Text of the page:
With DBC, the standard is either the 1.4 in HVLP, or 1.3 in RP. Most often the O nozzle is preferred for DBC Solvent base, but some who want to paint a little slower prefer the I nozzle.
With EHP waterborne, the SATAjet X 5500 HVLP 1.3I is the new standard recommended by the PPG Gun Club on their new Gun chart. (attached in this e-mail). They offer a smaller 1.2O, but usually used in higher humidity areas. The 1.3 I HVLP has proven best across the USA in various climates. Recommended pressures are 23-26 PSI for coverage coats, and 16-18 for the Control Coats. Higher end of the pressure range on more humid climate days.
If you want to use a SATAjet X 5500 RP, then go down to the 1.1I. The recommended air on this SATAjet X 5500 RP is from 24-28 PSI, and the control coat at 24-16 PSI.
The larger nozzles, 1.4 RP or 1.5 in HVLP work great in Solvent basecoats or single stage materials. When going with the “O” style nozzle it really makes wetting up a panel, especially larger ones easier.

SATAjet 1500 B SoLV.
We also have a gun specifically designed for spraying solvents. It is called the SATAjet 1500 B SoLV. This gun was designed to help wet up and control film build and metallics with solvent paint. It has a nice height fan, but is slightly wider, with a wet focus to help make film build even with solvent basecoats, single stage materials or clearcoats. It also sprays sealers very well.
This is available in both HVLP and RP, and only in 1.3 or 1.4 nozzle sets. For faster work speed, or larger surfaces the 1.4 is the best choice in either. Great flexibility in gun distance, low CFM and a super durable gun body make this a great choice for spraying solvent.

The SATAjet RP 1.3 and 1.4 are now listed as the preferred guns to spray PPG Delfleet One.

See pic below, pay attention to the flow rate of the 1.3 RP in 4000 and 5000
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SATA flow rate pic.jpg
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PostPosted: Sun Jul 28, 2019 4:58 am
:goodpost: So very true.

The trick is in finding a gun that suits your spraying style speed, distance etc.

For me that's not SATA but I'd never say that they're bad guns - just that my experience with them wasn't all that good. That said, I'd agree that I was probably trialling the wrong guns.

Interesting the comments about tip size not being entirely accurate. The same seems to have invaded the Devilbiss camp with the DV1 being just an approximation, or, rather, a point relative to other sizes.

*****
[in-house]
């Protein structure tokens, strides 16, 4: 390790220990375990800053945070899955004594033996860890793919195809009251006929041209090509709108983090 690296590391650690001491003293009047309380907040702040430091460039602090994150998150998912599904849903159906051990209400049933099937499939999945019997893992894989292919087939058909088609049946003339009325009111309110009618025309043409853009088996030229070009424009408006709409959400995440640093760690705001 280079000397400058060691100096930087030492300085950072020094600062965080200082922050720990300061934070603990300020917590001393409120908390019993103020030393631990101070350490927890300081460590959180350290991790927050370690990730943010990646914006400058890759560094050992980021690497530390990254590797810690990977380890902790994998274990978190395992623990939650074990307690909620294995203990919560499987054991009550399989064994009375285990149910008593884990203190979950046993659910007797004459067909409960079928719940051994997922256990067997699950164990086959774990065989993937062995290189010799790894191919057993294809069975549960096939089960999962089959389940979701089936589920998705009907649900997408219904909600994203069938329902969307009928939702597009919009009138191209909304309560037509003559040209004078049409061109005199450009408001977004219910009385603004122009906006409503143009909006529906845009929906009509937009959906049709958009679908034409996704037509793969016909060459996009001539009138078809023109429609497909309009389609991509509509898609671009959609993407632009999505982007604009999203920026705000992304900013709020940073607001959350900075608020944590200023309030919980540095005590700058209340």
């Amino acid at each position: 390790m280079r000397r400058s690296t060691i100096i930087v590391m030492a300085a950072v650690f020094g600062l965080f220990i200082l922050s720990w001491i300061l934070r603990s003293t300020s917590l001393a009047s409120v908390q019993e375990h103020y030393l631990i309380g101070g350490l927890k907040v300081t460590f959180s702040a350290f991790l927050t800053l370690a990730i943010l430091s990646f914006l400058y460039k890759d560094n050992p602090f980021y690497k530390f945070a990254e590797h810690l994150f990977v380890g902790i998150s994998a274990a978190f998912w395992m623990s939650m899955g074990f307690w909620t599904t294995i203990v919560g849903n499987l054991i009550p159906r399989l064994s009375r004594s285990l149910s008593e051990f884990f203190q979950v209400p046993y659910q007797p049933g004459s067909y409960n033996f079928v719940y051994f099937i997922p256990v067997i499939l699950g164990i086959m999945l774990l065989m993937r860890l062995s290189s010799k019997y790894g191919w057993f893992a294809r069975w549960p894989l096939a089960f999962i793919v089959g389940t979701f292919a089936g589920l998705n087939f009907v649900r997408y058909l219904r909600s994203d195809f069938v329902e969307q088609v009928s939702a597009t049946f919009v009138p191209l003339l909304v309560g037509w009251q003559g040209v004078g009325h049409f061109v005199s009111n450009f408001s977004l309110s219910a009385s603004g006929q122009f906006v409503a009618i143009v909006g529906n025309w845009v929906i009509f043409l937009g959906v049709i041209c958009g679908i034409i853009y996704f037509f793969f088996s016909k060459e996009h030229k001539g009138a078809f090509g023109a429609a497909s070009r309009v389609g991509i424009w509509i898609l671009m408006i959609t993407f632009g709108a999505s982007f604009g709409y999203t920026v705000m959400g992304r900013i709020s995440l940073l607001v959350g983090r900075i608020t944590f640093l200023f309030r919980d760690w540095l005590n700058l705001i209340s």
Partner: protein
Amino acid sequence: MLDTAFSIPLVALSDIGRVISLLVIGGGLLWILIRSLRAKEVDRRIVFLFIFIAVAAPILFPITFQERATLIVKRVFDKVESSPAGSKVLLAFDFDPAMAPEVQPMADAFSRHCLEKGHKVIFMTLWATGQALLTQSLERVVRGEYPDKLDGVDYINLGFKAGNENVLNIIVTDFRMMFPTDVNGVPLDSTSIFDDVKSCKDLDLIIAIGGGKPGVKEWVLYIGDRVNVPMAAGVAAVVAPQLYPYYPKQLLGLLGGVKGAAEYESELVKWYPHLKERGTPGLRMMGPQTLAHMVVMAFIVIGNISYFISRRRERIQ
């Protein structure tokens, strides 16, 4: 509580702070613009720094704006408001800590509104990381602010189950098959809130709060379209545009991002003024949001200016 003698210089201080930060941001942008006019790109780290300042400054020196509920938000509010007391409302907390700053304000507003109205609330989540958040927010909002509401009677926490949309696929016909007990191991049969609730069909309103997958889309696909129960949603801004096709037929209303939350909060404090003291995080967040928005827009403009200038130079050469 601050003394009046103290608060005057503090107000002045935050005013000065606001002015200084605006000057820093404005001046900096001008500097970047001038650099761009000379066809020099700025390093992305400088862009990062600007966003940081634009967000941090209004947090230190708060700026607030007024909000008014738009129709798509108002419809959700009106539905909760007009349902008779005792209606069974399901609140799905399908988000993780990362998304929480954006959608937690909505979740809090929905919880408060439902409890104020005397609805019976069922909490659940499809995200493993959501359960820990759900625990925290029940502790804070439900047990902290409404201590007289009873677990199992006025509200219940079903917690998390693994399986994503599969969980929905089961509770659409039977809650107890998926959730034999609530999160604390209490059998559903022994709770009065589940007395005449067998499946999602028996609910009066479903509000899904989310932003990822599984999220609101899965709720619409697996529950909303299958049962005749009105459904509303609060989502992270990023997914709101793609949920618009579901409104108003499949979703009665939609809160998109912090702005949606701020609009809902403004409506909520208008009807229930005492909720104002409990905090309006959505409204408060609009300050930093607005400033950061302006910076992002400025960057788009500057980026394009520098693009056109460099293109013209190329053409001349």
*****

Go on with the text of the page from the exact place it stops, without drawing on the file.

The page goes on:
I think that the important thing for most members here is that, at the top level anyway, there are no really bad guns. But they are all different and for those who have but a single gun, the key is much practice to refine technique and get to know how even small changes in gun settings can have a big impact on the final job.
Chris

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PostPosted: Sun Jul 28, 2019 7:48 am
That is all very interesting. I've always wondered about the tip size thing from gun to gun. It's little wonder it is hard to give advice from gun to gun especially for the novice shooters out there. It sounds like all we can be is "results" oriented with what guys achieve with their guns. Look at their work, tell them how adjustments can be made, and move on.................
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PostPosted: Sun Jul 28, 2019 12:57 pm
DarrelK wrote:That is all very interesting. I've always wondered about the tip size thing from gun to gun. It's little wonder it is hard to give advice from gun to gun especially for the novice shooters out there. It sounds like all we can be is "results" oriented with what guys achieve with their guns. Look at their work, tell them how adjustments can be made, and move on.................


Exactly Darrel, i do think its moving forward in a way that may or may not get more critical for the professional. But who knows maybe this can help a Hobbiest that had his hands on a sata but only wants to spend for a tekna, match up thos flow rates, he would probably be happy with his choice.
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SATA Spray Equipment Germany
Axalta ChromaBase Elite Standox Imron 5000 6000
PPG Delfeet Deltron Global Matthews
Sherwin Williams Ultra 7000 Genesis
Valspar DeBeer LIC
Akzo Nobel Sikkens Lesonal